It looks nothing like a ranch house, but the newly opened Anderson Collection at Stanford University was inspired by the casual open plan and natural views of that classic California architecture. The museum’s collection of post-1945 American art originally hung in the California ranch home of Harry and Mary Margaret Anderson, who donated the art to Stanford. Diebenkorns and Pollocks hung over the breakfast room table, on living room walls, and in the bedrooms. The house’s open spaces allowed the Andersons to see surprising juxtapositions of paintings as they went about their day. Northern California oaks were always visible through windows nearby, establishing a strong California atmosphere.
Ennead Architects recreated something of that openness and fresh discovery in the new museum nestled in the Stanford arboretum along Palm Drive, the long formal approach to the main campus. The galleries are on the second floor, whose plan is that of an irregular bow tie. Gently splayed walls allow asymmetrical arrangements of galleries and corridors, with a variety of ceiling heights and lighting conditions. Partition walls do not rise to the ceiling, and their corners are cut open to allow views of other galleries and their paintings across the building, which is relatively small at 30,000 square feet. As the visitor strolls the oak floors, they can glimpse other paintings across the way, or the handsome oak groves seen through the few vision windows, just as at the Anderson’s home. The ground floor is devoted to the entry lobby, administrative offices, services, a library, and a small rotating gallery, as well as the broad flight of wide stairs leading up to the second floor galleries.
Uniting the space is the natural light from a translucent clerestory ringing the open galleries. A computer-controlled system measures changing daylight and adjusts louvers built into the clerestory to maintain a predetermined range of foot-candles. The soft, rolling curve of the suspended ceiling drapes like the canvas of a circus tent. The curve diffuses the natural light from the clerestory windows. This system creates an even, atmospheric illumination similar to Renzo Piano’s 1995 Cy Twombly Gallery at the Menil in Houston.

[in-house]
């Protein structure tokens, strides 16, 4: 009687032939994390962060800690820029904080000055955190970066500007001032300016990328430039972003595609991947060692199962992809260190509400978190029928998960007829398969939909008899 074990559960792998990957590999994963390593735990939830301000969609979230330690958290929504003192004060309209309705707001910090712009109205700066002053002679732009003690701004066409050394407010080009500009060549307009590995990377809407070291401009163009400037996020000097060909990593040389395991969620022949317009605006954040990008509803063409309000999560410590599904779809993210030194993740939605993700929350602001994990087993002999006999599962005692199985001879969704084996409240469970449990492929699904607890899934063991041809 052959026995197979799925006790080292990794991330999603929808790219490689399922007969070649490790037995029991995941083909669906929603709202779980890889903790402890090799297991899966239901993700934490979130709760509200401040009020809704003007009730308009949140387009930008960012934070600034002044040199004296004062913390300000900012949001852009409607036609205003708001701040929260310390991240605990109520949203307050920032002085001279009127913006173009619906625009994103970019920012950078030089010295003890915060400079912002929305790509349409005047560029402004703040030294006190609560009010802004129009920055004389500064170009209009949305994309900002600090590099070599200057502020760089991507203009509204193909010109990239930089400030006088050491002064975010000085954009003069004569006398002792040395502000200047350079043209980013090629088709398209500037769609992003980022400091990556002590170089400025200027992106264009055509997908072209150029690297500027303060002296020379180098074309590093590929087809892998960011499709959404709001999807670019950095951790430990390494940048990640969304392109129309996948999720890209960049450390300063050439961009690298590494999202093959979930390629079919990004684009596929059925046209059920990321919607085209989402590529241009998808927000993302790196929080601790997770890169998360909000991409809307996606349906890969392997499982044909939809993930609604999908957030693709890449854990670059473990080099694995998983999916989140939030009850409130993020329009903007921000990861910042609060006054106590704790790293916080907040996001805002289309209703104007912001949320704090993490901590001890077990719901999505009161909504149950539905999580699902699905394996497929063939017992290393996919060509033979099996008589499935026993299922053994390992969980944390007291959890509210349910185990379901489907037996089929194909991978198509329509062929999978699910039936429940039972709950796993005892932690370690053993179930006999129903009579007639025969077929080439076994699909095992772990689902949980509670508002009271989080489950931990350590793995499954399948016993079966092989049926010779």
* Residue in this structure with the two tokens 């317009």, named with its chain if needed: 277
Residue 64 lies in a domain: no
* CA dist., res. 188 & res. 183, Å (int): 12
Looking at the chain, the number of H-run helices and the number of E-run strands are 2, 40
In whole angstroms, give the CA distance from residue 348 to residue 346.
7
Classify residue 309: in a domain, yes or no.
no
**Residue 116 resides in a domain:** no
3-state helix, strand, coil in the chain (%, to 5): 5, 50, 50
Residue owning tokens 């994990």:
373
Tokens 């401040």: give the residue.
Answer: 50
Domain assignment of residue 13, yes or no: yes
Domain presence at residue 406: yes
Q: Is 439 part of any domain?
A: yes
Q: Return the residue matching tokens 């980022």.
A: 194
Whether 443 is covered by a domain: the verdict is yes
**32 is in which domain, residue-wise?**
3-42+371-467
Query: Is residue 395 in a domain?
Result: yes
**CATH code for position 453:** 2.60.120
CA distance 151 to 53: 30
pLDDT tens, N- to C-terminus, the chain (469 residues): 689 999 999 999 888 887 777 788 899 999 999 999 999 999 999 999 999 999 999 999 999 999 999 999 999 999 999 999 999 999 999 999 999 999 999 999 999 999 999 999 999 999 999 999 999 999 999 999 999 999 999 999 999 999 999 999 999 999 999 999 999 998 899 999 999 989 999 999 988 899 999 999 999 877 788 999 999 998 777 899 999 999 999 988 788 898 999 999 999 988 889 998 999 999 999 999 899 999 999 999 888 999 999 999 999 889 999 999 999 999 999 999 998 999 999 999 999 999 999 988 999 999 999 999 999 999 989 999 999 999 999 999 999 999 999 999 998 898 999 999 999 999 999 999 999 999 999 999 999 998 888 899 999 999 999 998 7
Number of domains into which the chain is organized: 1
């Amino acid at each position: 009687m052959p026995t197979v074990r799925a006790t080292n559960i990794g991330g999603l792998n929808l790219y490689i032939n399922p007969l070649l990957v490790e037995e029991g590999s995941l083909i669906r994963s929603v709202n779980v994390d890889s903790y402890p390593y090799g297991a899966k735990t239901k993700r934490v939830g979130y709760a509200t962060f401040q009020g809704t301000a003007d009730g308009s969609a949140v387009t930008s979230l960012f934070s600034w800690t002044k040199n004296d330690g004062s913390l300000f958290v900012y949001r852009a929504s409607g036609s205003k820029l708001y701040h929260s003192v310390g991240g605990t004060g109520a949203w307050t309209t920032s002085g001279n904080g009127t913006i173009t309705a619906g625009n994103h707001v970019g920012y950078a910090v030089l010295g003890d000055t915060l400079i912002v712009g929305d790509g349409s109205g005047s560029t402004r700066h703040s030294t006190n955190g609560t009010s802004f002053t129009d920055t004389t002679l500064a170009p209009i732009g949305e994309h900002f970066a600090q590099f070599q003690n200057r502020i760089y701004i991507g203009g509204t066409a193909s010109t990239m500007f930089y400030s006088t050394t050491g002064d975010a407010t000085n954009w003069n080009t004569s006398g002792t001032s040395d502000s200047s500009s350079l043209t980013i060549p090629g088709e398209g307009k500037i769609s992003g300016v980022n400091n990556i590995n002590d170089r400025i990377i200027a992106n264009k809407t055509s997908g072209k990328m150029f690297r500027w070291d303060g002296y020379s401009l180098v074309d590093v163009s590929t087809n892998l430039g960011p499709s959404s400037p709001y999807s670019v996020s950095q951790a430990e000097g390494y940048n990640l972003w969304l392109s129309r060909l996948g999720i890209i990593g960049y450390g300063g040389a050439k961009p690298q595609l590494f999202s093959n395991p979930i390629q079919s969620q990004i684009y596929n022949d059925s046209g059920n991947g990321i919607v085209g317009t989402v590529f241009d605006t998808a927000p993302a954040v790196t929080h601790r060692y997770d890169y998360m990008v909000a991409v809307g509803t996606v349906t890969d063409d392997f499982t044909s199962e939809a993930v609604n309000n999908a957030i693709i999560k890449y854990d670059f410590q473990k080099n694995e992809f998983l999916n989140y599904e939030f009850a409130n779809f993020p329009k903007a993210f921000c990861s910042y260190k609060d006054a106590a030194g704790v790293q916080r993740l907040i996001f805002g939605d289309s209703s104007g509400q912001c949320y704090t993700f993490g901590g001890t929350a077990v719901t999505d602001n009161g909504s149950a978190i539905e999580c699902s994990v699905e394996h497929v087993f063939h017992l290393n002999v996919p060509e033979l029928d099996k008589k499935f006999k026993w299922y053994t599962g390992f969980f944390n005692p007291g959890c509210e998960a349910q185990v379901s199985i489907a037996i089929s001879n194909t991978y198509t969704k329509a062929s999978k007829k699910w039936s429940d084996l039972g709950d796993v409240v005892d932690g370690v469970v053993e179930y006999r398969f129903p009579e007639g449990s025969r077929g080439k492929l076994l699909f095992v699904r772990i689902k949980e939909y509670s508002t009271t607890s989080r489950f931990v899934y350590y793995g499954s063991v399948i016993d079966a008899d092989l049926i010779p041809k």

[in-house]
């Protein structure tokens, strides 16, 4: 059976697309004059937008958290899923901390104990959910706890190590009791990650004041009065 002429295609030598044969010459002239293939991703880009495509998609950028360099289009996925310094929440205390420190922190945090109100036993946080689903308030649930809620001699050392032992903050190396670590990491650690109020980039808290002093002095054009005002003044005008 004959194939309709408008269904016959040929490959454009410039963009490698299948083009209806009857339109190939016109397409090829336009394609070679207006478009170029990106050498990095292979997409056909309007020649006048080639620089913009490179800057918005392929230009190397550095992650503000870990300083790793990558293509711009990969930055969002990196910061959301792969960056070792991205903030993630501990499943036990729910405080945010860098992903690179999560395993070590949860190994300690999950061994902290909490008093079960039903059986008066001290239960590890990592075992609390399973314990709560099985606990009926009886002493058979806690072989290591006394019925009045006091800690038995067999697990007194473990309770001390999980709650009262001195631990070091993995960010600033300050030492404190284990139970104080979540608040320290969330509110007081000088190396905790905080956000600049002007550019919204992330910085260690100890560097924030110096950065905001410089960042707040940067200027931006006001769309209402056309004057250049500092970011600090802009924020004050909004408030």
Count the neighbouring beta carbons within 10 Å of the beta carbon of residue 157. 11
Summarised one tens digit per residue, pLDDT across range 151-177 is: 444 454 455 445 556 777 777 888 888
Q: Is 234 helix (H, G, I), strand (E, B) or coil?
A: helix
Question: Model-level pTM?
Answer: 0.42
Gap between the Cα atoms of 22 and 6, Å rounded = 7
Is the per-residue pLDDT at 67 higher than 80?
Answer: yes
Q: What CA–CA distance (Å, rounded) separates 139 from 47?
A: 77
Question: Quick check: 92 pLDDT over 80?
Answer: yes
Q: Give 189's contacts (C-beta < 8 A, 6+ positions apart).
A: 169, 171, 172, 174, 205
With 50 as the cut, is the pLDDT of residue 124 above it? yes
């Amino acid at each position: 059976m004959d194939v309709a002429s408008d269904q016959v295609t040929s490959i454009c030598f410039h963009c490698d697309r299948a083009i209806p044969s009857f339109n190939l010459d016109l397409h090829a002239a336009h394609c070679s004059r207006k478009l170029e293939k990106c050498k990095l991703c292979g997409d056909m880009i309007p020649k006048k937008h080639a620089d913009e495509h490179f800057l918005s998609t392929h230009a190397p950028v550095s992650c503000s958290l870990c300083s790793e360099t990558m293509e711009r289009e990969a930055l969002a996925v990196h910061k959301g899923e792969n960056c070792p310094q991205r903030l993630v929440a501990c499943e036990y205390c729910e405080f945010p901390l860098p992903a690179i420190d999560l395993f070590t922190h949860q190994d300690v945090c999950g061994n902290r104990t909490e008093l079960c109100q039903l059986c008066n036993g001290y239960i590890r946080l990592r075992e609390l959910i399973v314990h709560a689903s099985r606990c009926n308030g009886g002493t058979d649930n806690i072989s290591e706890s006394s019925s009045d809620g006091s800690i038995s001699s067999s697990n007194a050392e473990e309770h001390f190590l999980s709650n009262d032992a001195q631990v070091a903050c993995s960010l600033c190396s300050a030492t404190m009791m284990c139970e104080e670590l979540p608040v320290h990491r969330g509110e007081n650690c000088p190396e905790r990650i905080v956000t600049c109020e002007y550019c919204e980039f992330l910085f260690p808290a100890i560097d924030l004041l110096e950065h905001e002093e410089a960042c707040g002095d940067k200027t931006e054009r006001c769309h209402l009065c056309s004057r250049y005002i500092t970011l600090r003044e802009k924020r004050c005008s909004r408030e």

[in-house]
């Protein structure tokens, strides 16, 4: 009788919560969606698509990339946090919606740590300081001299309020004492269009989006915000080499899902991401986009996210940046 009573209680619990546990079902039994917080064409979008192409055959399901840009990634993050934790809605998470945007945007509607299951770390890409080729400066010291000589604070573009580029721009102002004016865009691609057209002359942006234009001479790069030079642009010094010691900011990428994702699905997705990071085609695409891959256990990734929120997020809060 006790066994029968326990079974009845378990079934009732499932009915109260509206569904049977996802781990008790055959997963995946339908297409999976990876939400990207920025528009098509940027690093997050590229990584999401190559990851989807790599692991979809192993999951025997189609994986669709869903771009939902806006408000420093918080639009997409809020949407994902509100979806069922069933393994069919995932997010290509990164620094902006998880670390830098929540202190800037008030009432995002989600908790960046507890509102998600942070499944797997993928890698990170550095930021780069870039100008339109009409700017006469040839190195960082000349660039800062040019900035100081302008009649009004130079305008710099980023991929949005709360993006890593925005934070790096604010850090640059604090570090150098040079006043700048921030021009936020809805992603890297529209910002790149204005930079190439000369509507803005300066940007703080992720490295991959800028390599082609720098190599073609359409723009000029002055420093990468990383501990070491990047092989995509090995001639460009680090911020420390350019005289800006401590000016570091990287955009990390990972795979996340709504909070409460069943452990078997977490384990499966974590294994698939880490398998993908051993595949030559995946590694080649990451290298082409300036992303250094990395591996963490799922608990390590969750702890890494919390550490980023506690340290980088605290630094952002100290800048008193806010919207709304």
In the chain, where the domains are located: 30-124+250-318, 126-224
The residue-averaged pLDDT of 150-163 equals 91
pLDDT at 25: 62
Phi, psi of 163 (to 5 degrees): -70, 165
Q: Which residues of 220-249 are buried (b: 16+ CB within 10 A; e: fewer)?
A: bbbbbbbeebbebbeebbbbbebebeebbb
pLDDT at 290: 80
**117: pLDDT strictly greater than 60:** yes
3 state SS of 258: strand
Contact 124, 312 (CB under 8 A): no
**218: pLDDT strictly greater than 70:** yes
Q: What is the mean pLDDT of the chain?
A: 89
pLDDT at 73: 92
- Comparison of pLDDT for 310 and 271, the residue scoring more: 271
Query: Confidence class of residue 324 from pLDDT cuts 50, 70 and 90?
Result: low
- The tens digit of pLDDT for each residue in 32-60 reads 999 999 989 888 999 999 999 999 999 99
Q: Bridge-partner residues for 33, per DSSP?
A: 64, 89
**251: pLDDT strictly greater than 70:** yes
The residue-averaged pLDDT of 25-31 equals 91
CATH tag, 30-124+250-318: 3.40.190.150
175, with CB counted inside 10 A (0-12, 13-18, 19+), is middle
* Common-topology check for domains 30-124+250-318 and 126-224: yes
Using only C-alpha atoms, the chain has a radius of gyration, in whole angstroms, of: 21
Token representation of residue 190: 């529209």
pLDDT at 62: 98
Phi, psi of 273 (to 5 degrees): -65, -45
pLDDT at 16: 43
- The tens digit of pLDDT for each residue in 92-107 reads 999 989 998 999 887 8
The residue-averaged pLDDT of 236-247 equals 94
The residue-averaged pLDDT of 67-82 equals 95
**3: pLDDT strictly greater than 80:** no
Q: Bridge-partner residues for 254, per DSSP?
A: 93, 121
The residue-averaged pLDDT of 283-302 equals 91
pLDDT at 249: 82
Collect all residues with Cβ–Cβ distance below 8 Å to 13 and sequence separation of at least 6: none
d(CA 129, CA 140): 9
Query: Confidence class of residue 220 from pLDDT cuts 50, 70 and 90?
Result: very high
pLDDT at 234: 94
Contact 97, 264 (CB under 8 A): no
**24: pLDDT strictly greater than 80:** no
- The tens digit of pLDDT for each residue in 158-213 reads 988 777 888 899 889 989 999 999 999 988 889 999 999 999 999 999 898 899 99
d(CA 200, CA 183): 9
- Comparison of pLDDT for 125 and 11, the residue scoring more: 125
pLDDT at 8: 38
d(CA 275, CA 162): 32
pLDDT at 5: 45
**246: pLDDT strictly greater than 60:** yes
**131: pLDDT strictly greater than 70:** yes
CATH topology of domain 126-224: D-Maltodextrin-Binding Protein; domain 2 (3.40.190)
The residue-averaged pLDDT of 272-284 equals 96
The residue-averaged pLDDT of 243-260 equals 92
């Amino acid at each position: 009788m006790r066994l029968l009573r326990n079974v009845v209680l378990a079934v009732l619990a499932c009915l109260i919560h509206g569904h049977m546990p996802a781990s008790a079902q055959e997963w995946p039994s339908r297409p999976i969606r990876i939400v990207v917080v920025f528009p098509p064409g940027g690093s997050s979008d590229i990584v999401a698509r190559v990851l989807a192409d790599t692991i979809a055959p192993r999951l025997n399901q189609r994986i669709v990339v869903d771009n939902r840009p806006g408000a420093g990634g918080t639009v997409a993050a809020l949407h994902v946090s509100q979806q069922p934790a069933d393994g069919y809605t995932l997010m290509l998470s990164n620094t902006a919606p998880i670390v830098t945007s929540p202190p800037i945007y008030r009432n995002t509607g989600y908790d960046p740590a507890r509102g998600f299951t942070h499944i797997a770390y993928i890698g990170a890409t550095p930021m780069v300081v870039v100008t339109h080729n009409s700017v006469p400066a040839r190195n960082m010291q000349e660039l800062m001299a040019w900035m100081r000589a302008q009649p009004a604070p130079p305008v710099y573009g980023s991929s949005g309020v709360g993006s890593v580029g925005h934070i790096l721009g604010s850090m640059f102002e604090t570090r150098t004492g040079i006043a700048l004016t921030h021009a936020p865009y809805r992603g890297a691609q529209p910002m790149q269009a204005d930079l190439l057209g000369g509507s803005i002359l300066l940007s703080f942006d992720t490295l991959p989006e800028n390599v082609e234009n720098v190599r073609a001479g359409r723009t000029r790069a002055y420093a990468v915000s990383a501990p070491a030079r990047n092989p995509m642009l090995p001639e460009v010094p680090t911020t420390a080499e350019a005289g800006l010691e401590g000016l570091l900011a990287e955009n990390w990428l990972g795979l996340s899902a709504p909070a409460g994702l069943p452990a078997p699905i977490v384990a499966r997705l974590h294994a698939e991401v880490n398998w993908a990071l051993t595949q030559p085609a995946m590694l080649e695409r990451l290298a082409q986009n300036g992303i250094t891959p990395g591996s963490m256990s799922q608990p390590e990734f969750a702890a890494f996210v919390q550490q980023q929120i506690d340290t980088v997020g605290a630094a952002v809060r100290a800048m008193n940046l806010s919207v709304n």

Echoing the classic Modernist prototype of Le Corbusier’s Villa Savoye, the two-story Anderson Collection presents a cleanly defined box floating above a shadowed, inset base. The few gallery windows are gathered into a single rectangular frame on each side. The rest of the exterior walls are covered in various-sized GFRC panels placed akimbo to create their own random pattern changing in the sunlight. The design’s butterfly roof, bow tie plan, and abstract surface patterns borrow from midcentury design motifs. There is some justification for this, as those forms took root historically in this region, from Palo Alto to San Jose.
The Anderson Collection adds to Stanford’s growing arts district around the 1891 Stanford University Museum of Art (an early and daring use of structural concrete) and the Cantor Center (designed by Ennead’s predecessor firm, Polshek Partnership.) Completing the courtyard formed by the Cantor and the Anderson will be the McMurtry Building by Diller Scofidio + Renfro, now under construction. Across Palm Drive is the Bing Concert Hall, also by Ennead. In this complex, the Anderson is a background building, largely screened by the oak grove and deferring to the classically columned Stanford Museum.
Yet this new arts compound does not have the unified urban flow of landscape and structure first established by the colonnades and landscaped courtyards of the original 1887 Stanford Quad by Shepley, Rutan, and Coolidge, or even the 1959 arcades and walkways of the student store by John Carl Warnecke. The Anderson’s cantilevered second story creates a covered walkway along its sides, but lacks the strongly integrated linkages that Stanford’s older buildings boast.
Without a doubt the Anderson Collection will offer Stanford students—and the community—an extraordinary opportunity to study some of the great works of twentieth century American art. While it lacks the casual domesticity of the Anderson’s home, where a visitor relaxing on the couch could enjoy the Rothkos, Motherwells, and Thiebauds, Ennead has created a spacious and informal setting for art.